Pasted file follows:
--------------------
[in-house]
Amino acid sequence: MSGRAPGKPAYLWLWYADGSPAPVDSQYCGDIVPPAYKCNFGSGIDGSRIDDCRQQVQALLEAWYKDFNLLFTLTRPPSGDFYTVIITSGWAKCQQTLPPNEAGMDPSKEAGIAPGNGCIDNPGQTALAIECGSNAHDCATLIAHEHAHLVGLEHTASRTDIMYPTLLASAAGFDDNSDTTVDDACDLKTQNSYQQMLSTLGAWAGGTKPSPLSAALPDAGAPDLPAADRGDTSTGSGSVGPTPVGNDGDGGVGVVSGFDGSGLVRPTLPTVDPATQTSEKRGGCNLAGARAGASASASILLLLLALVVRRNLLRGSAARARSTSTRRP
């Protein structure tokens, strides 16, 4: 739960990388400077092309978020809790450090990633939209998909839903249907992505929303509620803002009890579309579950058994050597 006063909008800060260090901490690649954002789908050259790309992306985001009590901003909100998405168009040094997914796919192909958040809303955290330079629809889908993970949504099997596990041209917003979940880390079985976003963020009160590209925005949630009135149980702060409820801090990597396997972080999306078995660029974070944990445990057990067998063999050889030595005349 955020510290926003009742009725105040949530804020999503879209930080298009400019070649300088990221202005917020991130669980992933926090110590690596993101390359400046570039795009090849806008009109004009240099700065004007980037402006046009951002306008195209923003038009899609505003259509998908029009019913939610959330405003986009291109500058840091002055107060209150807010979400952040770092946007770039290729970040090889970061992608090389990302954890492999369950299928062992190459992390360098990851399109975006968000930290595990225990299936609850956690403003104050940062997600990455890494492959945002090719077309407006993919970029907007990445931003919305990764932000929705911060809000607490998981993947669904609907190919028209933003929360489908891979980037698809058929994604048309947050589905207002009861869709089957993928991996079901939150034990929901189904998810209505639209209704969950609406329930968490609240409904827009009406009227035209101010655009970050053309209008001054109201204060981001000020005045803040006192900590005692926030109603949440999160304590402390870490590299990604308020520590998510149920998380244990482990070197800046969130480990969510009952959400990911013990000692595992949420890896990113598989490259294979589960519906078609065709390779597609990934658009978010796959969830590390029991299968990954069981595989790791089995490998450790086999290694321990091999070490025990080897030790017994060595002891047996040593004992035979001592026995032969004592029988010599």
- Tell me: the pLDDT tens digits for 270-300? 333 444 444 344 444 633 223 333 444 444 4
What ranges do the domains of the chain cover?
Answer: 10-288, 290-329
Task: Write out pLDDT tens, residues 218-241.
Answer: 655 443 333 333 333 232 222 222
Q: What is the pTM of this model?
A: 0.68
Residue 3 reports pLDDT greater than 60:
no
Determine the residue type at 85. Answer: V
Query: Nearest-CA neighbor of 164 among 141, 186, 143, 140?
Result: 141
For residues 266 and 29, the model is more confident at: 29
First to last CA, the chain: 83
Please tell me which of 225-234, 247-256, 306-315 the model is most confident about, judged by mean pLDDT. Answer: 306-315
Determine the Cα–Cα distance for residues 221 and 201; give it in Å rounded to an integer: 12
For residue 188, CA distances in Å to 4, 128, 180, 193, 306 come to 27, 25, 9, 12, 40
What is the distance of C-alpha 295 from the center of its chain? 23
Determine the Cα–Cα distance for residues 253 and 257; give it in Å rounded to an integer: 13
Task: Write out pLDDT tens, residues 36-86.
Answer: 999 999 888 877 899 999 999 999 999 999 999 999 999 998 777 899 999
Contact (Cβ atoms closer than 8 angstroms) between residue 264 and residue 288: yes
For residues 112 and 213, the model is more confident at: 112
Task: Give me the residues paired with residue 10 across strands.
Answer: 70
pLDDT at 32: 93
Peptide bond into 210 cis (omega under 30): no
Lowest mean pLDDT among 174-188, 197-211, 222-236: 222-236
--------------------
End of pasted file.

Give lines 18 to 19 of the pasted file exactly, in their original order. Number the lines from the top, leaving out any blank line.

Please tell me which of 225-234, 247-256, 306-315 the model is most confident about, judged by mean pLDDT. Answer: 306-315
Determine the Cα–Cα distance for residues 221 and 201; give it in Å rounded to an integer: 12